the use of contact filters it is customary to bring; the incoming sewage to the aeratorsat one end of; the tank or one side thereof and to flow the sewage across the tank to the outlet. Such procedure often results in short circuiting of the aeration chamber. Moreover, it does not provide a method for keeping the flocculated grease from passing through the entire plant. In addition, especially;
with contact, filters, the; bulk of the organic load;
2-; entering the-aeration. chamber comes'into contact. with. a. relatively. small; portion. of the filter media duringvthe, first few. minutes. of: contact. A. furr. their difficulty in connection. with. contact filters is.
s that theexcess sludge isidepositedgbelow. the con.-.
tact media. and must be drawnv off; by gravityor by.- meansoi moving rakes-or chains. The use ofthe, latter entails: expensive construction. and difi'r culties in. operation. If a,.mechanical meansor rak gor moving the sludgefrom the lowerpor-.. tion. of; the aeration chamber isnot employed; the: slud e must be collected; in. hoppers. before itcan. be- Withdrawn. from. hetanh. This results. in. an. exc s f sl eac mulationionthehoppen-wans a d very. on-septicaction starts and t esludgeis o the surface i the Anobiec of; he-pr se t n enti n is to p o id a combination tank of improved construction and; op rat ha n an aer tion. h mb r. in contie-n s and. a i e ne. el tion w h settlin ham er. andwhich: 111 mo ide reate pur fication. of sewa ev nd; he ike by n roducing the. ncomin so tion. around. th pe p er of. he, ae ation hamber to m re. even y distr ute. he. or anic-- l ad; to he; fil r ed a. an o. 101' a said r a ic oad nto cq i actw h a reate nortionof: the air nas inhnpwerdly thr ug the ick uid.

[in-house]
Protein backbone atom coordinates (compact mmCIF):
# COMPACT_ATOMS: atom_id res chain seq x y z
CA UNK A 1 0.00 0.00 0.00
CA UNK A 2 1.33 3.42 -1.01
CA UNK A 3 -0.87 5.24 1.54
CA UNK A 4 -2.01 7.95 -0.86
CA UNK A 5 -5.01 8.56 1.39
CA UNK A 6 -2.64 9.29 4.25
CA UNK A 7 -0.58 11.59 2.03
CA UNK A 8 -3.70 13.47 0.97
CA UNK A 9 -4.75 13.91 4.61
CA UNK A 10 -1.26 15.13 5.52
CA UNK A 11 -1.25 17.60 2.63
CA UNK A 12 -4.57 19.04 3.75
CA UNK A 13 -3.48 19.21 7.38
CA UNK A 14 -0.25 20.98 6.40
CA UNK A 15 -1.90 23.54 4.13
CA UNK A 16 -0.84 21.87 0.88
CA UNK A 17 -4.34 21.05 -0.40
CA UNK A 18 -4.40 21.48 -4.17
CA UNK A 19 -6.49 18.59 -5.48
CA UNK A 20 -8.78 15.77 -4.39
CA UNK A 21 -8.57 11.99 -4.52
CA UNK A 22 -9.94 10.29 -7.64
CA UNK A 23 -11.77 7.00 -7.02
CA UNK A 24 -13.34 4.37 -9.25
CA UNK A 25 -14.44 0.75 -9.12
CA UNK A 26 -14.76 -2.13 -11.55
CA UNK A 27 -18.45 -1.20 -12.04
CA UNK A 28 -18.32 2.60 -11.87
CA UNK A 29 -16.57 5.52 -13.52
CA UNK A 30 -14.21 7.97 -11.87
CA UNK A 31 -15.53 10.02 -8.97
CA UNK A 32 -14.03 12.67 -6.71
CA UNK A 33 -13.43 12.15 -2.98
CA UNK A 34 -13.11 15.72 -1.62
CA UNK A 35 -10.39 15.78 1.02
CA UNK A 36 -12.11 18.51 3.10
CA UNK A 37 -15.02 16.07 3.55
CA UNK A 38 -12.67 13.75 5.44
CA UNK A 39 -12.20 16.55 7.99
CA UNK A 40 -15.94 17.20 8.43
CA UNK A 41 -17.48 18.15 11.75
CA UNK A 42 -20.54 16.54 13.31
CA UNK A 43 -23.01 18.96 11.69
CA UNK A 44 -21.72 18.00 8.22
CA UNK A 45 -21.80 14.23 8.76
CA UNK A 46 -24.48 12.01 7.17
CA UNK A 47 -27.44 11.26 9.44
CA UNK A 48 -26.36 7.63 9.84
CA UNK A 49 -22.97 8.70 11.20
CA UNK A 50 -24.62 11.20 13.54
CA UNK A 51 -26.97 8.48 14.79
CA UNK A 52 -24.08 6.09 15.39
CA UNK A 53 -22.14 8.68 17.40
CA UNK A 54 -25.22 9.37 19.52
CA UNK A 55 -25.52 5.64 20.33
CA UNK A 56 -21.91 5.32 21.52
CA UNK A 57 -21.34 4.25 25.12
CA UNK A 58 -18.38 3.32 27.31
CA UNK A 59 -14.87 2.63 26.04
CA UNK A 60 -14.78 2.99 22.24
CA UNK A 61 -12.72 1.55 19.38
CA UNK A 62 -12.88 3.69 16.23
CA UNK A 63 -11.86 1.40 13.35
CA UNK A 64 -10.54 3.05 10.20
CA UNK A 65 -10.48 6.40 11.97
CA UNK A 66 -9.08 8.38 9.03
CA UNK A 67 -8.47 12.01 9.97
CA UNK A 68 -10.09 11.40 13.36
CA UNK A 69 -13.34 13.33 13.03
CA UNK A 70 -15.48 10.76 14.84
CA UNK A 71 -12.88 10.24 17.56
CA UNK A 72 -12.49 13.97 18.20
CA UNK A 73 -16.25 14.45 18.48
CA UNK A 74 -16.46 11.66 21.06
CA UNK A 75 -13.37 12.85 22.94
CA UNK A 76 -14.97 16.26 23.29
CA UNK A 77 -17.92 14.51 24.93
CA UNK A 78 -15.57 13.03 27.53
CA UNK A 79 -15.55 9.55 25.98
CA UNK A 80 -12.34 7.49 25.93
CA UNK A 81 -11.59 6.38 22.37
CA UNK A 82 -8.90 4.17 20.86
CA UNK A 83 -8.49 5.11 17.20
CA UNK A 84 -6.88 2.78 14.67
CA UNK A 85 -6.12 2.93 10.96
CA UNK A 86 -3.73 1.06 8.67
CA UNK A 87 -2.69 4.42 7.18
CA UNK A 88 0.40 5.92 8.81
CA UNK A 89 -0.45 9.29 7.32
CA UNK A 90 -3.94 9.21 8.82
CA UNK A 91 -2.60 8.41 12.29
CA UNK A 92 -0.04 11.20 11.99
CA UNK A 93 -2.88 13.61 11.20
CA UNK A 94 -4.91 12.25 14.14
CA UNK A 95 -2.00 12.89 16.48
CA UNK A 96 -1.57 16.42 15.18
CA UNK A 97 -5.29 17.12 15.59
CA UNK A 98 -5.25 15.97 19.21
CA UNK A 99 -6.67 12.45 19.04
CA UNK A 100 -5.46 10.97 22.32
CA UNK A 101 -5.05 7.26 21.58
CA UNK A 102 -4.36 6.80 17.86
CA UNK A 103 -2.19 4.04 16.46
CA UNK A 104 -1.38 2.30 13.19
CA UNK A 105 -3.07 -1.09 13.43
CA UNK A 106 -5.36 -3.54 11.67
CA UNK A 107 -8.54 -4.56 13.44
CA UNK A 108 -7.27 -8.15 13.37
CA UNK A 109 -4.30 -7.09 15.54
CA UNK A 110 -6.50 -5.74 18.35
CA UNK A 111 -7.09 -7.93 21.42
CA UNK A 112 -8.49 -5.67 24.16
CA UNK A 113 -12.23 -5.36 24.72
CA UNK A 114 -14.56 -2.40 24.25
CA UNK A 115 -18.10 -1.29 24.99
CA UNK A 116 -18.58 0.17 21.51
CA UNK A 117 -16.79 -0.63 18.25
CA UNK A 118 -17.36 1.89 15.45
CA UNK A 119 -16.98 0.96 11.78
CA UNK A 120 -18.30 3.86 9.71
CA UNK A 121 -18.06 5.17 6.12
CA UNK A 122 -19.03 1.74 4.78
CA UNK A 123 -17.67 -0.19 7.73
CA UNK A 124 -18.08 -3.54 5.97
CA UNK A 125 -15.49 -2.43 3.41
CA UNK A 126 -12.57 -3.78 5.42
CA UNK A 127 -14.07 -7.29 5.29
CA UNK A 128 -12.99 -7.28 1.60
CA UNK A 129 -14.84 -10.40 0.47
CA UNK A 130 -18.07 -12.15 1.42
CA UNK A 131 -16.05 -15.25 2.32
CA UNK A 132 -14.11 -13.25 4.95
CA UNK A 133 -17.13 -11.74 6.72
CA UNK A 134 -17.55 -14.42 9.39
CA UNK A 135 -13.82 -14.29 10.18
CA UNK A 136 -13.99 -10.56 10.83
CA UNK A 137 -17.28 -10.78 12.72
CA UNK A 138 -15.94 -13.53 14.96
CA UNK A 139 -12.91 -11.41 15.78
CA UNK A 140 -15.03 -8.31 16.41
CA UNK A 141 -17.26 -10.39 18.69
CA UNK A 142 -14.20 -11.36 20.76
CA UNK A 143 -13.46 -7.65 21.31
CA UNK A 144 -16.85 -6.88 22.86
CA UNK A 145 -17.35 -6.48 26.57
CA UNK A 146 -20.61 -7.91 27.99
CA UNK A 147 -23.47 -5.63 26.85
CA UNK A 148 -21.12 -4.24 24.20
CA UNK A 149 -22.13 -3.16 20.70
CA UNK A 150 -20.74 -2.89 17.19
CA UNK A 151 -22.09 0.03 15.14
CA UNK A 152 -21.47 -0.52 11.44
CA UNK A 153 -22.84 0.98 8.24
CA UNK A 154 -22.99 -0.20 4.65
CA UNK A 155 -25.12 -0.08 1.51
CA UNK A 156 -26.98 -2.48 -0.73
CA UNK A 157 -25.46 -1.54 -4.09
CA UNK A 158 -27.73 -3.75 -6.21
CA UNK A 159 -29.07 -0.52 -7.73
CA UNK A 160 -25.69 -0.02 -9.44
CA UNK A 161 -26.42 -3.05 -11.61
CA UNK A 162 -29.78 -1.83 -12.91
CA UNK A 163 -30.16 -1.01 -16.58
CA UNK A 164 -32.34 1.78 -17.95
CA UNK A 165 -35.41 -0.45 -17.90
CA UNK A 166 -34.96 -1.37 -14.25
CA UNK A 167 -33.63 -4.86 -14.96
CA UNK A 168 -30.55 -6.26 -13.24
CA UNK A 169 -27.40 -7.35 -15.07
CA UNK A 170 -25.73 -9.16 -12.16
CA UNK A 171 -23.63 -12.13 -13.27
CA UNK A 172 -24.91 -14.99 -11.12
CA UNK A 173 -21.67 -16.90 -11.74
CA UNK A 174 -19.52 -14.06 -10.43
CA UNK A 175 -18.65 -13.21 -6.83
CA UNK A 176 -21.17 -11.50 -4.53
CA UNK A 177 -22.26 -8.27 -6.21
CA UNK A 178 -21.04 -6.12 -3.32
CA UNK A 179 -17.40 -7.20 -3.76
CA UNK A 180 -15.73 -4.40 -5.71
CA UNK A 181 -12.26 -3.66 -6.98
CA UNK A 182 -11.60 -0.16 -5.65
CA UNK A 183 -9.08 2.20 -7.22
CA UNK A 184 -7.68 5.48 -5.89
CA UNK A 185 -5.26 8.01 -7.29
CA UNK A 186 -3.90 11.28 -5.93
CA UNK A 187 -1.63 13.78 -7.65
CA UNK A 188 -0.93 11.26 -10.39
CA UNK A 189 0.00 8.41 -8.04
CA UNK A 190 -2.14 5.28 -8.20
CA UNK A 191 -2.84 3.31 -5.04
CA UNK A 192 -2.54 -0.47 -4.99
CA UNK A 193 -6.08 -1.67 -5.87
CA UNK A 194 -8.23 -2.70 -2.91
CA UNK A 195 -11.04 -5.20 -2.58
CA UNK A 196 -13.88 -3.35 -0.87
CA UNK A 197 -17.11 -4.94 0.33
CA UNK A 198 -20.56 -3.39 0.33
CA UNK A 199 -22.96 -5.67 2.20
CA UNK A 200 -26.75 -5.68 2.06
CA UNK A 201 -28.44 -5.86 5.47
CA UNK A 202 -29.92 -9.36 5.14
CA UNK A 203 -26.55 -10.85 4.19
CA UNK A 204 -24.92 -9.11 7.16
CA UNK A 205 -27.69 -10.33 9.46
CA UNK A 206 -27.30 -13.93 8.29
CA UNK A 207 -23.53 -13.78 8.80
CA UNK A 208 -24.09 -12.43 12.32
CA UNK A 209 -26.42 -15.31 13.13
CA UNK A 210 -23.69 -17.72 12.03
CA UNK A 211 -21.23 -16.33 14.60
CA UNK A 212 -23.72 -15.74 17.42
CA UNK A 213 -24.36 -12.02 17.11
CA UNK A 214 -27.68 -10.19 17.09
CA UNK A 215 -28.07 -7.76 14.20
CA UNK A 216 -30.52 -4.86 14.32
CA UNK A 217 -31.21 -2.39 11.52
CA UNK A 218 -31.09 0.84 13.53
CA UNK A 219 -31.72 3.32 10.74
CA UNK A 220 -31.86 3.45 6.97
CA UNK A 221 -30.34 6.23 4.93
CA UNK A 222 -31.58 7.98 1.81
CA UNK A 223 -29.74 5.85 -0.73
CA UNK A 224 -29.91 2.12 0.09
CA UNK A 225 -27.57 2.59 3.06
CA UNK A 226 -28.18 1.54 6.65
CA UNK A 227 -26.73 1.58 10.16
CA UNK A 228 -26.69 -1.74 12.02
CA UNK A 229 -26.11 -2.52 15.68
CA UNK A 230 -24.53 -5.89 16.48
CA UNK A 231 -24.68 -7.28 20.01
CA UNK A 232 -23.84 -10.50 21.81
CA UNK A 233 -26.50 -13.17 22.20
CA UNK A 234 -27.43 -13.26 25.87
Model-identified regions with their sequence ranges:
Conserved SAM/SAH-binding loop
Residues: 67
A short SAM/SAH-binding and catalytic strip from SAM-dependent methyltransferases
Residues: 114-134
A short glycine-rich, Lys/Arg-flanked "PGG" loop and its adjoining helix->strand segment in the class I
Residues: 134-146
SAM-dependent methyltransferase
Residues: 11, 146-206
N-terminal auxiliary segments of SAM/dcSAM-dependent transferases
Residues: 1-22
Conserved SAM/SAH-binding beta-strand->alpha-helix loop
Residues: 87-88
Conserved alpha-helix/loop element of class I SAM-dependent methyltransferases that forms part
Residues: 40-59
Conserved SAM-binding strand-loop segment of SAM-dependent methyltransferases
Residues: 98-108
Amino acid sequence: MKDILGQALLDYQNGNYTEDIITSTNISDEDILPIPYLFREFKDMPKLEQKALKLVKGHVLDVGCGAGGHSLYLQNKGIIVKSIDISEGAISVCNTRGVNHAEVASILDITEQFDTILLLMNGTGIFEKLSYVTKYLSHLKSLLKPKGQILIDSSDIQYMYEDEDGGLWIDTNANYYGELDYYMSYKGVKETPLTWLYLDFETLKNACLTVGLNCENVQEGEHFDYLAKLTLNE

A rthe e t, s. o pro de apparatus for t eat n s w ar ns; an ae at on hem e qm n th a. sett in cham er. and; wh rein. the chambers. ar v sep'er tedsi r he reat r; n tion; of e r epth. hav n a onnect n passa e. howev r. ow he air uppl to. th t on. chamber. and; which! pro-ri esa. weir o nerally ircu ar xt nt hat. the ow. he. iquid: between, chambers takes: plac at a. n mum velocity.
Ano her" obiept s o;nrovidelapnare us nwhich skimm n flq cula i aos qnb a r and; setdine;ar allaccomnli hed ins-lemme- A m r PBQ QQ sto royideatanhcomr binins: a Cont ct; fi ter Wt h. a clar fy cham er and whe e n any grease in. he-sewa e.under oin t at nt. w ll be coag l ed a d: colle e on, the, suri c of he; liquid the onta filt r ection. o; ha t e same may" e read y div r ed o. a rease. a nder e ther conti uou y durin the. on erat o of he app at s or at interva s.
th th s and var u other bjects in. view. t e nv ntion; minister certain novel tea.-
ures of onstru tion and; operation, as will; be
more fully escribedz and: part cularly pointed out. n th sp c fication. d awin s and claims. anuencl d hereto...